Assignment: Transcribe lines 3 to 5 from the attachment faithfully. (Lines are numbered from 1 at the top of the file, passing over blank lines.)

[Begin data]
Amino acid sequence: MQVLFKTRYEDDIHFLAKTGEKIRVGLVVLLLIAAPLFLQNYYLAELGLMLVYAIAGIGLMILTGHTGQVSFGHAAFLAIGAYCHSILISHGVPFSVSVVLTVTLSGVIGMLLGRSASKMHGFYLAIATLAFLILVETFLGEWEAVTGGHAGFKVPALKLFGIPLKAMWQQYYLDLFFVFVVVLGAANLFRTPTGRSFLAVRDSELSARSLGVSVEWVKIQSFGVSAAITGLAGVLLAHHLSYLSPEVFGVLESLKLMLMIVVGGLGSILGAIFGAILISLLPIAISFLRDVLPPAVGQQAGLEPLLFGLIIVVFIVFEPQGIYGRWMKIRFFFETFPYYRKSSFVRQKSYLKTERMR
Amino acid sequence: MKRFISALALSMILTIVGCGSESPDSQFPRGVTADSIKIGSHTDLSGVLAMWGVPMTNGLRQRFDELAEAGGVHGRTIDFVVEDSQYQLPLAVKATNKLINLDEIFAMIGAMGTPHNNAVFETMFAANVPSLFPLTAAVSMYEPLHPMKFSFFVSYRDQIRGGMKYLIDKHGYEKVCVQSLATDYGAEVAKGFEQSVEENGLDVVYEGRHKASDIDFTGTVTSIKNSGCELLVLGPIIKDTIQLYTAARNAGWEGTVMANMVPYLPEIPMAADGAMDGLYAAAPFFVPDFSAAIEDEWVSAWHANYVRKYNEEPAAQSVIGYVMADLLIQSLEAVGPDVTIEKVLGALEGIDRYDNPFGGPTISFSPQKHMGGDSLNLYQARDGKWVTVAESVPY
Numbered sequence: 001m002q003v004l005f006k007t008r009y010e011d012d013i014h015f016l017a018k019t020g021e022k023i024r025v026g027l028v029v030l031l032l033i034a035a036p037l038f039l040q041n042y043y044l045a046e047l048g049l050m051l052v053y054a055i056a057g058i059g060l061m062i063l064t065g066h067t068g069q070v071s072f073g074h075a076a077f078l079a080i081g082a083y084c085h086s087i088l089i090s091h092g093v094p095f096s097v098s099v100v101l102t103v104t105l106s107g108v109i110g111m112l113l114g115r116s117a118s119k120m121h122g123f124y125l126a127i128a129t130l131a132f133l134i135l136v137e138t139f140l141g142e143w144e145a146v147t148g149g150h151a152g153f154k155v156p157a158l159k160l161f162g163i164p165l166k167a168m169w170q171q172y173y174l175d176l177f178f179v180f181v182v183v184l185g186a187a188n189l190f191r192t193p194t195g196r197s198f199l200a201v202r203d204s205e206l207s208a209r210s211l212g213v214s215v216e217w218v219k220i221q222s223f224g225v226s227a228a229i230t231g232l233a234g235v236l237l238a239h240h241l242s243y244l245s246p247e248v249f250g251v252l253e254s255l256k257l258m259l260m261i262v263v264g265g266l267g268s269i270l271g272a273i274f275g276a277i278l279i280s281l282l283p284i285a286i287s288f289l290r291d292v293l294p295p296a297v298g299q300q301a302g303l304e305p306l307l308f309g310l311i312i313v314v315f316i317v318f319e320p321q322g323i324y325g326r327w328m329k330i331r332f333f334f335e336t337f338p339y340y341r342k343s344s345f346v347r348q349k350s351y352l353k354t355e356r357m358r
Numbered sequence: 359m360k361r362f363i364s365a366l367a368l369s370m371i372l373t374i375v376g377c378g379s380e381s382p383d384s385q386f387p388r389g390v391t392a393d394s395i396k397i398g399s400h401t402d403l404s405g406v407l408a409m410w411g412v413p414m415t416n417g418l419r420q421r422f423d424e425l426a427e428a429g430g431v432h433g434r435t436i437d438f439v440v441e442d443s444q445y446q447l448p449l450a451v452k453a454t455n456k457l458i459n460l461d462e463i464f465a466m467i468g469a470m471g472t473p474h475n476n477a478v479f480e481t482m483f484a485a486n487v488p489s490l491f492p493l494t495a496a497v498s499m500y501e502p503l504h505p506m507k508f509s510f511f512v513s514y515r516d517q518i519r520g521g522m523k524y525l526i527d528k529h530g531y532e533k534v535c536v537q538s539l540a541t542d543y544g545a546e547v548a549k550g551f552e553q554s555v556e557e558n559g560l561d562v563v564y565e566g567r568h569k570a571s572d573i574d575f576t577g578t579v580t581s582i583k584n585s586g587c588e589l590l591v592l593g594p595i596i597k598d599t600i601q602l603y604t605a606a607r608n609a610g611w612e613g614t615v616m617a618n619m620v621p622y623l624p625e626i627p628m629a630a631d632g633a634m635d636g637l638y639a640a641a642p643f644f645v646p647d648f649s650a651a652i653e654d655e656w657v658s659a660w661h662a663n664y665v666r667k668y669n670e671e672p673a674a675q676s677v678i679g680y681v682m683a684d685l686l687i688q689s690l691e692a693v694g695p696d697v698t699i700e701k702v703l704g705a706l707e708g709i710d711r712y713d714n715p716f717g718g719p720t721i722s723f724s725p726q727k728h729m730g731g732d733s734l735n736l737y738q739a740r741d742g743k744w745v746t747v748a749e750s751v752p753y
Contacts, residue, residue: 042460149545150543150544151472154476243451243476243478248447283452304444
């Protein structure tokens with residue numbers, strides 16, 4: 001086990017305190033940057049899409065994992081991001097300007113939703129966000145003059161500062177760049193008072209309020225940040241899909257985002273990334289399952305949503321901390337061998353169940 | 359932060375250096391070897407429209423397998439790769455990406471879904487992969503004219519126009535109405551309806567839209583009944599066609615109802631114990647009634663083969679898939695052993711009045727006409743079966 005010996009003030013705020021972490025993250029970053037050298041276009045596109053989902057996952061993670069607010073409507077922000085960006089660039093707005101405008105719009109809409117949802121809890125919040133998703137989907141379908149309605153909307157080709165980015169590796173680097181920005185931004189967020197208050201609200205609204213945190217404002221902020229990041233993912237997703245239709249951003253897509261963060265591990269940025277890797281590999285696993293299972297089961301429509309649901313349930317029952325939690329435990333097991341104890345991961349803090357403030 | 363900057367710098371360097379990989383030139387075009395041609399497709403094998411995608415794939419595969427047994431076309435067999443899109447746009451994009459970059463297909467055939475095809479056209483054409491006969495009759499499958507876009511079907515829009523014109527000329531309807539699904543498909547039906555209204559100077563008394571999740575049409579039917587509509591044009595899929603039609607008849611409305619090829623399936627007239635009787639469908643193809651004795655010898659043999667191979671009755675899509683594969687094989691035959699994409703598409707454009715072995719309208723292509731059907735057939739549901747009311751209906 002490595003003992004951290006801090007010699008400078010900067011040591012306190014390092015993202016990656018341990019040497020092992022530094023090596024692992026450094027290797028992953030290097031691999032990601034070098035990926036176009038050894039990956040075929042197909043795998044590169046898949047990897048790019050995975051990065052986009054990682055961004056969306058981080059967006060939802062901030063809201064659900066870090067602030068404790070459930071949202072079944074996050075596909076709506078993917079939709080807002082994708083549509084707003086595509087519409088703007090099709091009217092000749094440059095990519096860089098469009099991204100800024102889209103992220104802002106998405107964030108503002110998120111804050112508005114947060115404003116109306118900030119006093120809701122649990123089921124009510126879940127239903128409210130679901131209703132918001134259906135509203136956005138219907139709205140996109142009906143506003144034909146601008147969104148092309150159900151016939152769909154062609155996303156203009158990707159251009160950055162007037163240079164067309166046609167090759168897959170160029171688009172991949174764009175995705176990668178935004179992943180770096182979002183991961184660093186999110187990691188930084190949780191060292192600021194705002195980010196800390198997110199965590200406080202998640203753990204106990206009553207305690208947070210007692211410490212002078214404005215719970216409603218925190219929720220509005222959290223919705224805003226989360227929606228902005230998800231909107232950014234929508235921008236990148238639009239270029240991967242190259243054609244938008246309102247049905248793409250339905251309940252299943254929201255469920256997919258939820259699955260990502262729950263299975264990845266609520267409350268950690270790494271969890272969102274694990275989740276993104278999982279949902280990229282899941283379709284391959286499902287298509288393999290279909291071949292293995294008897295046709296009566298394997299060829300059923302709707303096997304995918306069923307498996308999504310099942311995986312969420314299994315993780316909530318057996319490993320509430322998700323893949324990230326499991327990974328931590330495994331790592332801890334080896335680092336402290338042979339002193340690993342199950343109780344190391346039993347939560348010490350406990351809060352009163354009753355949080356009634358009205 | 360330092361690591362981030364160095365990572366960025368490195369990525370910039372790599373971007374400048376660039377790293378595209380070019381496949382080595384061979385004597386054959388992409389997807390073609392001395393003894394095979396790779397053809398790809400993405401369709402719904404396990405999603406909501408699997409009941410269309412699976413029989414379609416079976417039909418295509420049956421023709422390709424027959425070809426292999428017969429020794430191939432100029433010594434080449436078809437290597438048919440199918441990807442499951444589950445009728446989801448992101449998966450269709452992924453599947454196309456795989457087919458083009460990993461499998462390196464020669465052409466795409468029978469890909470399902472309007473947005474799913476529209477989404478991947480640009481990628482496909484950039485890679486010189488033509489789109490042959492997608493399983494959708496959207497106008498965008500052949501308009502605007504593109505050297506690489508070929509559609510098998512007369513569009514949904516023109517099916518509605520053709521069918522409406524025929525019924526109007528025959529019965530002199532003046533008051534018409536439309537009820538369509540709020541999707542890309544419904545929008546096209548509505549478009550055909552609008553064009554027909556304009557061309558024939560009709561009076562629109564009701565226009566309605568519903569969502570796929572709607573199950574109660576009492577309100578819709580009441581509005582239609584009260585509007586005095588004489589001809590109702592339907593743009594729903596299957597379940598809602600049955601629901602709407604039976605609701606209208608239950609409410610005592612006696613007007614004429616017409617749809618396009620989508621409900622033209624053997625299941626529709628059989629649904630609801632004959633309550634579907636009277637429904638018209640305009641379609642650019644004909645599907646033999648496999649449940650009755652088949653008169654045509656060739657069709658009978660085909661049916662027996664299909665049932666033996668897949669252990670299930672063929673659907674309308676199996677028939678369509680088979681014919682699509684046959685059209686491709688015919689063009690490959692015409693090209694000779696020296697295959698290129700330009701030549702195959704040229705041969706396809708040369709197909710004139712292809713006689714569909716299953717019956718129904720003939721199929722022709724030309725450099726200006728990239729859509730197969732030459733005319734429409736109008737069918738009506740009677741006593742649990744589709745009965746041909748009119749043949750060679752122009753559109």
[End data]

Numbered sequence: 001m002q003v004l005f006k007t008r009y010e011d012d013i014h015f016l017a018k019t020g021e022k023i024r025v026g027l028v029v030l031l032l033i034a035a036p037l038f039l040q041n042y043y044l045a046e047l048g049l050m051l052v053y054a055i056a057g058i059g060l061m062i063l064t065g066h067t068g069q070v071s072f073g074h075a076a077f078l079a080i081g082a083y084c085h086s087i088l089i090s091h092g093v094p095f096s097v098s099v100v101l102t103v104t105l106s107g108v109i110g111m112l113l114g115r116s117a118s119k120m121h122g123f124y125l126a127i128a129t130l131a132f133l134i135l136v137e138t139f140l141g142e143w144e145a146v147t148g149g150h151a152g153f154k155v156p157a158l159k160l161f162g163i164p165l166k167a168m169w170q171q172y173y174l175d176l177f178f179v180f181v182v183v184l185g186a187a188n189l190f191r192t193p194t195g196r197s198f199l200a201v202r203d204s205e206l207s208a209r210s211l212g213v214s215v216e217w218v219k220i221q222s223f224g225v226s227a228a229i230t231g232l233a234g235v236l237l238a239h240h241l242s243y244l245s246p247e248v249f250g251v252l253e254s255l256k257l258m259l260m261i262v263v264g265g266l267g268s269i270l271g272a273i274f275g276a277i278l279i280s281l282l283p284i285a286i287s288f289l290r291d292v293l294p295p296a297v298g299q300q301a302g303l304e305p306l307l308f309g310l311i312i313v314v315f316i317v318f319e320p321q322g323i324y325g326r327w328m329k330i331r332f333f334f335e336t337f338p339y340y341r342k343s344s345f346v347r348q349k350s351y352l353k354t355e356r357m358r
Numbered sequence: 359m360k361r362f363i364s365a366l367a368l369s370m371i372l373t374i375v376g377c378g379s380e381s382p383d384s385q386f387p388r389g390v391t392a393d394s395i396k397i398g399s400h401t402d403l404s405g406v407l408a409m410w411g412v413p414m415t416n417g418l419r420q421r422f423d424e425l426a427e428a429g430g431v432h433g434r435t436i437d438f439v440v441e442d443s444q445y446q447l448p449l450a451v452k453a454t455n456k457l458i459n460l461d462e463i464f465a466m467i468g469a470m471g472t473p474h475n476n477a478v479f480e481t482m483f484a485a486n487v488p489s490l491f492p493l494t495a496a497v498s499m500y501e502p503l504h505p506m507k508f509s510f511f512v513s514y515r516d517q518i519r520g521g522m523k524y525l526i527d528k529h530g531y532e533k534v535c536v537q538s539l540a541t542d543y544g545a546e547v548a549k550g551f552e553q554s555v556e557e558n559g560l561d562v563v564y565e566g567r568h569k570a571s572d573i574d575f576t577g578t579v580t581s582i583k584n585s586g587c588e589l590l591v592l593g594p595i596i597k598d599t600i601q602l603y604t605a606a607r608n609a610g611w612e613g614t615v616m617a618n619m620v621p622y623l624p625e626i627p628m629a630a631d632g633a634m635d636g637l638y639a640a641a642p643f644f645v646p647d648f649s650a651a652i653e654d655e656w657v658s659a660w661h662a663n664y665v666r667k668y669n670e671e672p673a674a675q676s677v678i679g680y681v682m683a684d685l686l687i688q689s690l691e692a693v694g695p696d697v698t699i700e701k702v703l704g705a706l707e708g709i710d711r712y713d714n715p716f717g718g719p720t721i722s723f724s725p726q727k728h729m730g731g732d733s734l735n736l737y738q739a740r741d742g743k744w745v746t747v748a749e750s751v752p753y
Contacts, residue, residue: 042460149545150543150544151472154476243451243476243478248447283452304444